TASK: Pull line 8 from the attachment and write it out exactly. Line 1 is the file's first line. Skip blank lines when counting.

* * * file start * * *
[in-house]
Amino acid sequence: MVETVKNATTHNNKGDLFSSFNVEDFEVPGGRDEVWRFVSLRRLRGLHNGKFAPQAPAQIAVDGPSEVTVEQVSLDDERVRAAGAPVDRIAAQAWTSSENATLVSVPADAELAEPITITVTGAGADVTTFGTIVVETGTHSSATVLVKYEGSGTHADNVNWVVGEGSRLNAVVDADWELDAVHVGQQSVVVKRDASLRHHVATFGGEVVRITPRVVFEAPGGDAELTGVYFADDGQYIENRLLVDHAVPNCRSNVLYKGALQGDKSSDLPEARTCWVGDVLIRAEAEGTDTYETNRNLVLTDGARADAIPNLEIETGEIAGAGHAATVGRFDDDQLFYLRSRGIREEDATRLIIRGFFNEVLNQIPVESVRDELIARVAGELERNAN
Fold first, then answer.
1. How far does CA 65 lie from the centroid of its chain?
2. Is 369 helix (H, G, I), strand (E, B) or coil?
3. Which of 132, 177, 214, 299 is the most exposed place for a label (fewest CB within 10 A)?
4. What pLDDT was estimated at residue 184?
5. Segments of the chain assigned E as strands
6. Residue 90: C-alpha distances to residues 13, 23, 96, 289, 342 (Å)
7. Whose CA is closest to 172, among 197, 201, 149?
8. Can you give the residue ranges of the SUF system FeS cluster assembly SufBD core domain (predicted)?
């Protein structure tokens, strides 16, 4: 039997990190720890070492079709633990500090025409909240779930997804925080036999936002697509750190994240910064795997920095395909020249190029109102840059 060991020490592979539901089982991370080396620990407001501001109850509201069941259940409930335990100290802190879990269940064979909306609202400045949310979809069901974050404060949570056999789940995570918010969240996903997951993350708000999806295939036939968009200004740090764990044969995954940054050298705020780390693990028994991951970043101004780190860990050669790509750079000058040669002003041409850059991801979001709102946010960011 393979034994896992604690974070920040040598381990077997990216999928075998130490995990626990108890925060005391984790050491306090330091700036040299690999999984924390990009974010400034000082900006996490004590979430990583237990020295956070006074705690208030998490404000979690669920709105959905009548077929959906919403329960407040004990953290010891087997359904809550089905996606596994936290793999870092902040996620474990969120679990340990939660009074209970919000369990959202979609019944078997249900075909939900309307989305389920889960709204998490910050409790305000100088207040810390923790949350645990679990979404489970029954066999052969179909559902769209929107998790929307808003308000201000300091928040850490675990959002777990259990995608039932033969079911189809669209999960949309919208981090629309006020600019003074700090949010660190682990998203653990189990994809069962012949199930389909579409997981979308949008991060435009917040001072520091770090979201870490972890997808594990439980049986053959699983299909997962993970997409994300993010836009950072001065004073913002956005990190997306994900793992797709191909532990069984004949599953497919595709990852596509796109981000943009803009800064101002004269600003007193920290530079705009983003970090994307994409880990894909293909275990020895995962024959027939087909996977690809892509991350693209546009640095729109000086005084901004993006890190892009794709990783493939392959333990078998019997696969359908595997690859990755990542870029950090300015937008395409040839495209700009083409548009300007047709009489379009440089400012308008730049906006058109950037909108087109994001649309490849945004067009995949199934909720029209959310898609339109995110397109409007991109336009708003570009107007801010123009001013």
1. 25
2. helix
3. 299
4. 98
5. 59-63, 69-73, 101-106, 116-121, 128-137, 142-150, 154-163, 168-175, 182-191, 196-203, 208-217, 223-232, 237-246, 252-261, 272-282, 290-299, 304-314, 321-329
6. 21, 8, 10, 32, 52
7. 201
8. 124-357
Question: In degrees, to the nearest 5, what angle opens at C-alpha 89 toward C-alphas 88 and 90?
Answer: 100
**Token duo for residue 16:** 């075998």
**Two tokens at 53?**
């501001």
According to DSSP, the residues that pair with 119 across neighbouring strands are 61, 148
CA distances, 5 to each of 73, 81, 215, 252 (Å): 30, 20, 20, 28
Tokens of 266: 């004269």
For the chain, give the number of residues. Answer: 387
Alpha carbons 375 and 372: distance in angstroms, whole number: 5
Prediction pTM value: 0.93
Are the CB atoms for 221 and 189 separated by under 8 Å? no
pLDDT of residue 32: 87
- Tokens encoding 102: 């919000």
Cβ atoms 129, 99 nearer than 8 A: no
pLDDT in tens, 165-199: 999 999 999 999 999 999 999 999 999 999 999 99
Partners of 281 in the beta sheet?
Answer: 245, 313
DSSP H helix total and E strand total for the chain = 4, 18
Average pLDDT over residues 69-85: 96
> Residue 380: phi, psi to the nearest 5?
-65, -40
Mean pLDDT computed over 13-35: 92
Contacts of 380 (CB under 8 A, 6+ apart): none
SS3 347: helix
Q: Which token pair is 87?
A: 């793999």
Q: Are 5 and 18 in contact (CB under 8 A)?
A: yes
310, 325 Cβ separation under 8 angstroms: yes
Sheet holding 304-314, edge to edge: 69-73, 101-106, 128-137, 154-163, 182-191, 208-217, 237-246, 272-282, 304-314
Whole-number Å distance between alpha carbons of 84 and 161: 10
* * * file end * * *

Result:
5. Segments of the chain assigned E as strands